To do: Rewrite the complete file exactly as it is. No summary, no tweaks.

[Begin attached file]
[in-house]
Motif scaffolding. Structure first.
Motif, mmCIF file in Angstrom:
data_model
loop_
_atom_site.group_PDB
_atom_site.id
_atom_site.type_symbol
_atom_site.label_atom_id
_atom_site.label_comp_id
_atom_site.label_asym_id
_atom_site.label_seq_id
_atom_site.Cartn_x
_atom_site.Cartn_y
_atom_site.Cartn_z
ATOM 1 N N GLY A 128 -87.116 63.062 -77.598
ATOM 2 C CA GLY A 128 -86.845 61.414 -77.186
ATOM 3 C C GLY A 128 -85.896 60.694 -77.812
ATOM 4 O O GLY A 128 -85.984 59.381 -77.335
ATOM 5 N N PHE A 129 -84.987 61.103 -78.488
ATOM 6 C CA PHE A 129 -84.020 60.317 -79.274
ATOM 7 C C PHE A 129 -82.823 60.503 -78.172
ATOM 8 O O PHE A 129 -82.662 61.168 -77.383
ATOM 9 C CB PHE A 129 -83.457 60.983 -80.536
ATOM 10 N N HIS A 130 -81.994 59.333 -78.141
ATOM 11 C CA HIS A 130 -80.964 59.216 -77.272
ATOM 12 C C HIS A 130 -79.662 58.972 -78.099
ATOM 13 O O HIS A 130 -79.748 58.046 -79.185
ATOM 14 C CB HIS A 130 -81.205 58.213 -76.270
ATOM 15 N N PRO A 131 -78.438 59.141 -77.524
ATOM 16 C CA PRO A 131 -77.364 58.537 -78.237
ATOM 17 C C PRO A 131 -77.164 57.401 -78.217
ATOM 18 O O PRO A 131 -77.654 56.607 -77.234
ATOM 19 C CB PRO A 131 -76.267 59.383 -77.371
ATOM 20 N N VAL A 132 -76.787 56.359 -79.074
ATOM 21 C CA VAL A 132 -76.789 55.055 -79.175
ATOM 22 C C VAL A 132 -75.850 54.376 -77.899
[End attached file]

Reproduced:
[in-house]
Motif scaffolding. Structure first.
Motif, mmCIF file in Angstrom:
data_model
loop_
_atom_site.group_PDB
_atom_site.id
_atom_site.type_symbol
_atom_site.label_atom_id
_atom_site.label_comp_id
_atom_site.label_asym_id
_atom_site.label_seq_id
_atom_site.Cartn_x
_atom_site.Cartn_y
_atom_site.Cartn_z
ATOM 1 N N GLY A 128 -87.116 63.062 -77.598
ATOM 2 C CA GLY A 128 -86.845 61.414 -77.186
ATOM 3 C C GLY A 128 -85.896 60.694 -77.812
ATOM 4 O O GLY A 128 -85.984 59.381 -77.335
ATOM 5 N N PHE A 129 -84.987 61.103 -78.488
ATOM 6 C CA PHE A 129 -84.020 60.317 -79.274
ATOM 7 C C PHE A 129 -82.823 60.503 -78.172
ATOM 8 O O PHE A 129 -82.662 61.168 -77.383
ATOM 9 C CB PHE A 129 -83.457 60.983 -80.536
ATOM 10 N N HIS A 130 -81.994 59.333 -78.141
ATOM 11 C CA HIS A 130 -80.964 59.216 -77.272
ATOM 12 C C HIS A 130 -79.662 58.972 -78.099
ATOM 13 O O HIS A 130 -79.748 58.046 -79.185
ATOM 14 C CB HIS A 130 -81.205 58.213 -76.270
ATOM 15 N N PRO A 131 -78.438 59.141 -77.524
ATOM 16 C CA PRO A 131 -77.364 58.537 -78.237
ATOM 17 C C PRO A 131 -77.164 57.401 -78.217
ATOM 18 O O PRO A 131 -77.654 56.607 -77.234
ATOM 19 C CB PRO A 131 -76.267 59.383 -77.371
ATOM 20 N N VAL A 132 -76.787 56.359 -79.074
ATOM 21 C CA VAL A 132 -76.789 55.055 -79.175
ATOM 22 C C VAL A 132 -75.850 54.376 -77.899